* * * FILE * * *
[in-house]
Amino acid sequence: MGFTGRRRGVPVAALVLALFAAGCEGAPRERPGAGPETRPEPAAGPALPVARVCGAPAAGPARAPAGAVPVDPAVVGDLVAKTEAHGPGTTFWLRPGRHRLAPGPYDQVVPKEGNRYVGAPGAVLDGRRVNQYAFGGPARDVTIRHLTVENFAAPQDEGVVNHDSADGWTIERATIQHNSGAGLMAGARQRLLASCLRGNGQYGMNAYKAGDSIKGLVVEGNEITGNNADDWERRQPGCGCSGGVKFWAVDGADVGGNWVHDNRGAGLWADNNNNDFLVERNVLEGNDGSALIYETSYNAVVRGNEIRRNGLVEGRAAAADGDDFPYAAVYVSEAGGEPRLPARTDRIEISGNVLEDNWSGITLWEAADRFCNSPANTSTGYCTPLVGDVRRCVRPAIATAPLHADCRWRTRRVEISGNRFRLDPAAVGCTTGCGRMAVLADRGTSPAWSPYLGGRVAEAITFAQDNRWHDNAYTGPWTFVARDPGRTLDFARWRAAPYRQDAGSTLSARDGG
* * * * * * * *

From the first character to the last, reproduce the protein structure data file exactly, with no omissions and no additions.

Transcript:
[in-house]
Amino acid sequence: MGFTGRRRGVPVAALVLALFAAGCEGAPRERPGAGPETRPEPAAGPALPVARVCGAPAAGPARAPAGAVPVDPAVVGDLVAKTEAHGPGTTFWLRPGRHRLAPGPYDQVVPKEGNRYVGAPGAVLDGRRVNQYAFGGPARDVTIRHLTVENFAAPQDEGVVNHDSADGWTIERATIQHNSGAGLMAGARQRLLASCLRGNGQYGMNAYKAGDSIKGLVVEGNEITGNNADDWERRQPGCGCSGGVKFWAVDGADVGGNWVHDNRGAGLWADNNNNDFLVERNVLEGNDGSALIYETSYNAVVRGNEIRRNGLVEGRAAAADGDDFPYAAVYVSEAGGEPRLPARTDRIEISGNVLEDNWSGITLWEAADRFCNSPANTSTGYCTPLVGDVRRCVRPAIATAPLHADCRWRTRRVEISGNRFRLDPAAVGCTTGCGRMAVLADRGTSPAWSPYLGGRVAEAITFAQDNRWHDNAYTGPWTFVARDPGRTLDFARWRAAPYRQDAGSTLSARDGG